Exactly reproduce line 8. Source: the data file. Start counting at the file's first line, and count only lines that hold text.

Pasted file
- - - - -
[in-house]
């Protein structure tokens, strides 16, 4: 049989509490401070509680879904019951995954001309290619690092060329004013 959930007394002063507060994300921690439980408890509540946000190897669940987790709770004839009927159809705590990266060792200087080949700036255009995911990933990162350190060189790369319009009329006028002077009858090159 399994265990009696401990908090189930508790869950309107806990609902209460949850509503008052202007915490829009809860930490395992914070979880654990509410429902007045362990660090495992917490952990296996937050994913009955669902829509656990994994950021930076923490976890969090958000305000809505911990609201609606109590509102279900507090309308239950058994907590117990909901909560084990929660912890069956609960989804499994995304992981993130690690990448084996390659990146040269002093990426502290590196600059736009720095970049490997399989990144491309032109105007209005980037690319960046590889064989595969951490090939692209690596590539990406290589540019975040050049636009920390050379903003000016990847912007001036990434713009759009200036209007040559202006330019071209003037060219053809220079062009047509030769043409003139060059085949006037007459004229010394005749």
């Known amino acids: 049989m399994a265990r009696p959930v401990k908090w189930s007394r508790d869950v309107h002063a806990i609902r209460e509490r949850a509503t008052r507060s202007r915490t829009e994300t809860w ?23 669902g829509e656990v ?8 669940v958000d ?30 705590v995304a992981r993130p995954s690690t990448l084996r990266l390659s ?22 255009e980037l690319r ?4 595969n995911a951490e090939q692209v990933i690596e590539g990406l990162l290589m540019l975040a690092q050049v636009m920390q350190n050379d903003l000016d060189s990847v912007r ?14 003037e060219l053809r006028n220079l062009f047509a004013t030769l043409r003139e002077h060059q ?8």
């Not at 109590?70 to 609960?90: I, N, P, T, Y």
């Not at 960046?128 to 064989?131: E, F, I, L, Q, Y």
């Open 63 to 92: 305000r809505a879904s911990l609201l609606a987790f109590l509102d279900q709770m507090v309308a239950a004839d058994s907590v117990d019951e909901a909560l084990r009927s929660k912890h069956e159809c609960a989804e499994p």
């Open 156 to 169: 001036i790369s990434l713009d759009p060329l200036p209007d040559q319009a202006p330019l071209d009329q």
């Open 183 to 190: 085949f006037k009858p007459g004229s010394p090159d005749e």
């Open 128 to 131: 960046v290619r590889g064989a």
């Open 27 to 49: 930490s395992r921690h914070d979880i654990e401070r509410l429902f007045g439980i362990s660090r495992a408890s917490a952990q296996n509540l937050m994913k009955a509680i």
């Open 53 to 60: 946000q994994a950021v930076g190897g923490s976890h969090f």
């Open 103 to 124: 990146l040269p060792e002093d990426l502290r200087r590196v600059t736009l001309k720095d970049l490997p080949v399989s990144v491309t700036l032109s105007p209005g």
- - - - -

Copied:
């Open 183 to 190: 085949f006037k009858p007459g004229s010394p090159d005749e």